FIG. 1 generally depicts an exemplary methodology for the collection of tube data which enables the development of a model of a steam generator and the development of a location algorithm that is based upon the geometry of the steam generator. Processing begins, as at 104, where eddy current data is collected for a given tube of the steam generator. As mentioned herein, the data stream typically will include components of voltage, phase, and distance, all of which can be detected as a continuous signal or as a discrete set of data points along the length of the tube.

In FIG. 1, processing continues at 108, where it is determined whether the data derived from the eddy current sensor signal is potentially unreliable. For instance, if the data suggests a possible data collection error, processing continues as at 112, where the tube data is rejected, and the tube is retested. Processing thereafter would continue, as at 104. However, if at 108 the data is not determined to be unreliable, processing continues, as at 116, where it is determined whether the tube data derived from the eddy current signal exceeds an acceptance threshold, such as would indicate that the tube itself is mechanically or otherwise defective. In the event that the data exceeds an acceptance threshold, the tube is rejected, as at 120.

If the tube data does not exceed the acceptance threshold at 116, processing continues, as at 124, where it is determined whether any portions of the tube data exceed what should theoretically be the baseline parameters of that portion of the tube, i.e., the baseline parameters for the corresponding exemplary ROI of the model of the steam generator. By way of example, it may be determined that the physical ROI of the tube that is under analysis includes a physical support and the eddy current sensor is indicating a voltage of 0.4 volts. While an analyst may determine that the voltage that would typically be expected for such an ROI is 0.2 volts, the analyst may nevertheless determine that the particular physical ROI is acceptable and that the voltage of 0.4 volts is an acceptable anomaly. In such a circumstance, the data for the particular ROI for this particular tube will be saved, as at 132, as a portion of an exception data set. In this regard, it is reiterated that the tube or its data would already have been rejected, as at 112 or 120 respectively, if the data for the aforementioned ROI suggested that the ROI would be unacceptable.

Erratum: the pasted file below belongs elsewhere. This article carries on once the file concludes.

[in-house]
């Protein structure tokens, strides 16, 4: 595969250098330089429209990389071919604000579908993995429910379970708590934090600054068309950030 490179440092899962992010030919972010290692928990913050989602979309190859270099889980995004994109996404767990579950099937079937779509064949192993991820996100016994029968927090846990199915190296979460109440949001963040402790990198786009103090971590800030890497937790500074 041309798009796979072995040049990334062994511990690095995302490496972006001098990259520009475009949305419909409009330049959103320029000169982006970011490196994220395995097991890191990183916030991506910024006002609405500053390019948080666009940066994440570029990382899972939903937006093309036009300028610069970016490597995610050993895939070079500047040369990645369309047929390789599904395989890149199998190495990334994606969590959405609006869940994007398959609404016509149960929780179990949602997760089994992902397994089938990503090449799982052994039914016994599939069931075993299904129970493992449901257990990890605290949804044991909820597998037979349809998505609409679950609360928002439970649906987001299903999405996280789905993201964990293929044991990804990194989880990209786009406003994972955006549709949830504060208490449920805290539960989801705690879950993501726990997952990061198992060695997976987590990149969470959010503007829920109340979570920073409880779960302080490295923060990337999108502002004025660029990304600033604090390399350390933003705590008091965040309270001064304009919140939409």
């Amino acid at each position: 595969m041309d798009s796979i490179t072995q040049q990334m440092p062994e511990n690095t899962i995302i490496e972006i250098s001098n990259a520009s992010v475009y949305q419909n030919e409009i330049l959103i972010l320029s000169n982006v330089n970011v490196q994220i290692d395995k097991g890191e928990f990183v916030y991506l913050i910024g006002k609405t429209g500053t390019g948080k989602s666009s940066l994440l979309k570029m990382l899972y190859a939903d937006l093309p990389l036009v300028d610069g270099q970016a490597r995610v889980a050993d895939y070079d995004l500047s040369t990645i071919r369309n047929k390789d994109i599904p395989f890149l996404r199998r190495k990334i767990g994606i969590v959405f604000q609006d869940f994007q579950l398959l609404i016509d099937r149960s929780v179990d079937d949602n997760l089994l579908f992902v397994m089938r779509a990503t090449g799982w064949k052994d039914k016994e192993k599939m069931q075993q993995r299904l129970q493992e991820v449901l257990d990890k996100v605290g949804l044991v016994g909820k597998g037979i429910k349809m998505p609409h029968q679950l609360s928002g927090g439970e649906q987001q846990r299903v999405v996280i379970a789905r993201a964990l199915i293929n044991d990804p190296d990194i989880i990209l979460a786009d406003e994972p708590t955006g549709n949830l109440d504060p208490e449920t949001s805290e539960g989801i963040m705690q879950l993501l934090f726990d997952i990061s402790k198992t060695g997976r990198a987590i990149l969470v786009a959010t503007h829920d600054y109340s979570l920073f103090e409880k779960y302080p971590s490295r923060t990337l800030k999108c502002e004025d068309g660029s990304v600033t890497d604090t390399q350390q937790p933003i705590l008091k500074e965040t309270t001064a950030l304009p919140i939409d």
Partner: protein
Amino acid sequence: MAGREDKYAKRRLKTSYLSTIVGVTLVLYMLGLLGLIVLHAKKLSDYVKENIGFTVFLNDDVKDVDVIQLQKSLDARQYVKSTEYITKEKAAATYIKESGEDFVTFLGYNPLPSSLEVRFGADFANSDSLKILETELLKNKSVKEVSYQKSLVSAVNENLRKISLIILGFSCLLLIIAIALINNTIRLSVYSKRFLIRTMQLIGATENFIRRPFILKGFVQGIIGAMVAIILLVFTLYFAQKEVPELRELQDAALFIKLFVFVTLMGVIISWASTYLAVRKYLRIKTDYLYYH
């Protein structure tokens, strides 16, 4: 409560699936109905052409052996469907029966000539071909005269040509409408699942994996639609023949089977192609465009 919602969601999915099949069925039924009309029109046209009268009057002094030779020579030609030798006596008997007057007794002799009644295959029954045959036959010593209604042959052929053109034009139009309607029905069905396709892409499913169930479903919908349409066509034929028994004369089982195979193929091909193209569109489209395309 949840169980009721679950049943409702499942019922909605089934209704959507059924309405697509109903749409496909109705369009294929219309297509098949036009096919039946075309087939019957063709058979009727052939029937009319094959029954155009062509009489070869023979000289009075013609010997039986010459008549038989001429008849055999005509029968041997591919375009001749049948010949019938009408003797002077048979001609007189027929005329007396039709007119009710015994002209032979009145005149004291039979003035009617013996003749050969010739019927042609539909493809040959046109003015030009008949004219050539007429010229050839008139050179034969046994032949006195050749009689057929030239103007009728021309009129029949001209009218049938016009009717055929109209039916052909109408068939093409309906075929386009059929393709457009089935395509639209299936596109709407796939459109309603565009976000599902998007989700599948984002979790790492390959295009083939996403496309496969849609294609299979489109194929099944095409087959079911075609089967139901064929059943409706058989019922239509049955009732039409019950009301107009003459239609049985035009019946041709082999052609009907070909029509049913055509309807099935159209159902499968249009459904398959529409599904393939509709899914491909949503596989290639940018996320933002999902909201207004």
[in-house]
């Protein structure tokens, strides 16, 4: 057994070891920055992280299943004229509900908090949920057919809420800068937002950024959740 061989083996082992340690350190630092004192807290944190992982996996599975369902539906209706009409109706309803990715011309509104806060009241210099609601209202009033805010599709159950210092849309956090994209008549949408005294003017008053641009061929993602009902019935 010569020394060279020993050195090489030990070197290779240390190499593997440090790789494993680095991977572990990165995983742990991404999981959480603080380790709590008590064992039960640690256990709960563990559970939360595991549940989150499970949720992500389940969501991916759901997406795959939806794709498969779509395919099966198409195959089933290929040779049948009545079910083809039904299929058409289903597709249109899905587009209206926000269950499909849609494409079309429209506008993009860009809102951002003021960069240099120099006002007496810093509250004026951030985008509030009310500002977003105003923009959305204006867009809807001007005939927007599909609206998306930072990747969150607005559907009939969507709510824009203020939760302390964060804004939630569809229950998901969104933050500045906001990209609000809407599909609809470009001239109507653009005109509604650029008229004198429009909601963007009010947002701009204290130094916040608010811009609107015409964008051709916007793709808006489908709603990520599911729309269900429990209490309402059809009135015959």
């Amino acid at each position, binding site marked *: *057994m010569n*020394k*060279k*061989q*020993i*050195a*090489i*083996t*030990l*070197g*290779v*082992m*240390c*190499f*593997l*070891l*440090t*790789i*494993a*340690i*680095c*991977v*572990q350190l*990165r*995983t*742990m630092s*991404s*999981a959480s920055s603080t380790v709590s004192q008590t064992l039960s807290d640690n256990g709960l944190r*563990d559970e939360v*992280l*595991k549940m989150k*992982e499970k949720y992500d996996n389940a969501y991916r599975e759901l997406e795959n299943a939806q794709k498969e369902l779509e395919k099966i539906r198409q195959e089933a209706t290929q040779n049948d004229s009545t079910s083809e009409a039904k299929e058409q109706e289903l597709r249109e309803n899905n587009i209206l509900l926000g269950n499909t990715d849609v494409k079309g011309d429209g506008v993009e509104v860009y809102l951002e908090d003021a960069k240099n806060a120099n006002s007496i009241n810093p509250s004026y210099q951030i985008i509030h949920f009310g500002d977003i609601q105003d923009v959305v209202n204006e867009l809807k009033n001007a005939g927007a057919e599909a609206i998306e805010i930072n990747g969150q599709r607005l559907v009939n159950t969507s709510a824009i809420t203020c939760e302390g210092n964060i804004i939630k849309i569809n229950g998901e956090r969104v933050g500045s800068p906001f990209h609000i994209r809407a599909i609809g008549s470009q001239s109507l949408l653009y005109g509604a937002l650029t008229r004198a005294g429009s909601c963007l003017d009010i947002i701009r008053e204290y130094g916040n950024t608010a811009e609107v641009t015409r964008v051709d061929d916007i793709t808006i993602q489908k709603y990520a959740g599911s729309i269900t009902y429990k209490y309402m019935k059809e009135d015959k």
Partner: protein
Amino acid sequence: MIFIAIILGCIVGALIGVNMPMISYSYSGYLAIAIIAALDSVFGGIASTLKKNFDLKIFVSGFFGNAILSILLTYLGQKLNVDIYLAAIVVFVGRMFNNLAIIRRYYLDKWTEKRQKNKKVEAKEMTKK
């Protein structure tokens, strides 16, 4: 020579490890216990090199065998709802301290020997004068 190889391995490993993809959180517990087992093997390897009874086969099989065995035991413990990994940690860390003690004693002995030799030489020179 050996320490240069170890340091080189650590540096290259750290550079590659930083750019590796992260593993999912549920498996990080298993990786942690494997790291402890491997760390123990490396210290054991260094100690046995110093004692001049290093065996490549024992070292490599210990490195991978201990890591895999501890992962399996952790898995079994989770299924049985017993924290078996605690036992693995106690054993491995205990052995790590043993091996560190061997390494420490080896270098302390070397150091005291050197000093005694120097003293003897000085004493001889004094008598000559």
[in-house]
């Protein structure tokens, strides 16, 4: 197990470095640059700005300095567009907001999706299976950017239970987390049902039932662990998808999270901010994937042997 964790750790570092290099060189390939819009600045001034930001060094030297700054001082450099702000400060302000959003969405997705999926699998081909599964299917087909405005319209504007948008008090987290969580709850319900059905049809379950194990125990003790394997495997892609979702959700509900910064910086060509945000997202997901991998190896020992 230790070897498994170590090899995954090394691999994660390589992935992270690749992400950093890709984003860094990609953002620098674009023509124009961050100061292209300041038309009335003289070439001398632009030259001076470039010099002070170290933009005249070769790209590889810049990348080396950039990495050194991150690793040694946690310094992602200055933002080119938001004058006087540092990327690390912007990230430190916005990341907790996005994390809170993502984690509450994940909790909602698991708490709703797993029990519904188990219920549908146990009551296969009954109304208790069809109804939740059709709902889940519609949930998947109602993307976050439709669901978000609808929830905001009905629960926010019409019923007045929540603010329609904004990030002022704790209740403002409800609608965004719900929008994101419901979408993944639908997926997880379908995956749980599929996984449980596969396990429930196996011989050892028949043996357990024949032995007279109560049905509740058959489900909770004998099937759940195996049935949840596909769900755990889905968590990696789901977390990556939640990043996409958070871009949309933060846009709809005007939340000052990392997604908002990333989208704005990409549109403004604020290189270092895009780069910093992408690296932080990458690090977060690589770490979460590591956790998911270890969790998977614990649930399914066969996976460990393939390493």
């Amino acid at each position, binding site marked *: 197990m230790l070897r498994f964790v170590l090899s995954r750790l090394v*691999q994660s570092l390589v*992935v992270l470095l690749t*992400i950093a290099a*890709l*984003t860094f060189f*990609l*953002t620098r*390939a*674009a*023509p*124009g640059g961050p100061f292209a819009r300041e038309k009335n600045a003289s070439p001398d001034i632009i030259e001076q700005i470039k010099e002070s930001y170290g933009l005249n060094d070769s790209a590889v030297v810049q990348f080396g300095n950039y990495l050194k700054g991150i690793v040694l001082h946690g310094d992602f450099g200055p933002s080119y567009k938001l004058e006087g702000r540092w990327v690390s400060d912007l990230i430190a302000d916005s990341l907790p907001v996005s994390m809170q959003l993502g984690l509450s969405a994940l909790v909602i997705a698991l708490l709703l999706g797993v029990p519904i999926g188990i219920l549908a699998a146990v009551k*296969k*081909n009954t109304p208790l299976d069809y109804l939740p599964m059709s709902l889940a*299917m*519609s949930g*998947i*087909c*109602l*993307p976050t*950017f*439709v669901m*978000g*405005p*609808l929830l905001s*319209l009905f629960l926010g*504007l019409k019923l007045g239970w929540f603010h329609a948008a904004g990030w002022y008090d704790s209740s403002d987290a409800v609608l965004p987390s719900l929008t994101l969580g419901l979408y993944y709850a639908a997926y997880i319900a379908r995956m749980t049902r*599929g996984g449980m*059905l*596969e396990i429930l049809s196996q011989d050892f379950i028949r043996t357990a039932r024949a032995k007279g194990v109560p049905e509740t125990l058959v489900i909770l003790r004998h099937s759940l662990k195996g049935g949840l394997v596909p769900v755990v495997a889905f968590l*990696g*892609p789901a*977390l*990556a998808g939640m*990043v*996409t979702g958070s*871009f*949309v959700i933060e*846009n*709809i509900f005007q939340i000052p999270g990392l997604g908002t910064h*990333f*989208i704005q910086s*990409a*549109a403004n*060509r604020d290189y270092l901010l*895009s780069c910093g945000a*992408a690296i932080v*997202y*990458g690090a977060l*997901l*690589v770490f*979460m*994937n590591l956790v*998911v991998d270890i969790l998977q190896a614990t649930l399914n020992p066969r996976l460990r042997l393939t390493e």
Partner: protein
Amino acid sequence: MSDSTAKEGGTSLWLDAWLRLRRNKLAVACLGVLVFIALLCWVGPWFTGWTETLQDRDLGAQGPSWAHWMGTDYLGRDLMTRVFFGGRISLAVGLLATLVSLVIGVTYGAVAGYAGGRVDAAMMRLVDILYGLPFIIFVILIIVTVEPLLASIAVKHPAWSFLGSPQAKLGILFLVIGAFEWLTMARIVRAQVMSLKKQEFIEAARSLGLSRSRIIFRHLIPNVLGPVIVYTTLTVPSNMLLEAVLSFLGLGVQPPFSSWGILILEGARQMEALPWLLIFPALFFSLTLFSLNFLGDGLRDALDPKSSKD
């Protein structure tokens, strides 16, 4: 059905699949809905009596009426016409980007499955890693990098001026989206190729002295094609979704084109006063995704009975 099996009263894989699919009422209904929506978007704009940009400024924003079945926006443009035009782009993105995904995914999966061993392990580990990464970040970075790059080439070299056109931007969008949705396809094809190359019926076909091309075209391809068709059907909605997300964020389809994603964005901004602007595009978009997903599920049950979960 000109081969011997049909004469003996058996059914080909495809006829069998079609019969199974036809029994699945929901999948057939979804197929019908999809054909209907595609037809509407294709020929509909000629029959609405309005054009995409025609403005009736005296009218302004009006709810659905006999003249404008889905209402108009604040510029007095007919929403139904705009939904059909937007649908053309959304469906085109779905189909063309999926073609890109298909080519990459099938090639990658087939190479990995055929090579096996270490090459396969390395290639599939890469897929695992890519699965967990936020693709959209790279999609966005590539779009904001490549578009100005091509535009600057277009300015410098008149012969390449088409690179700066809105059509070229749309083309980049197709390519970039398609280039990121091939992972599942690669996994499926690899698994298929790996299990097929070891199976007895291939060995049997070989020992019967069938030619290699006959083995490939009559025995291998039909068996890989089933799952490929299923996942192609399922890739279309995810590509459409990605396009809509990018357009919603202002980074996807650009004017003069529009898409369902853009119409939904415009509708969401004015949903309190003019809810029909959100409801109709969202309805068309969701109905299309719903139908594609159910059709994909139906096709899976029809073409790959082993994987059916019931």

Referring to FIG. 1, processing continues from both 124 and 132 onward to 128 where the tube data is stored in a data set. It is then determined, as at 136, whether further tubes require eddy current analysis as set forth above. If further tubes await testing, processing continues, as at 104, with a new tube. Otherwise, processing continues, as at 140, where the model of the steam generator is developed with a set of baseline parameters for each of a plurality of exemplary ROIs. The model further includes the aforementioned exception data for one or more particular ROIs of one or more particular tubes. It is understood that the inclusion as at 140 of the development of the steam generator model at this particular location within the exemplary methodology is intended to be merely an example of a point at which a model of the steam generator can be developed. It is understood that with analytical methods, at least an initial model of the steam generator can be developed, with the experimental collection of tube data from 104 through 132 being supplied to the model to provide refinement of the model and to provide exception data. It thus is understood that the model of the steam generator can be developed in whole or in part at any time depending upon the data and the analysis that are available.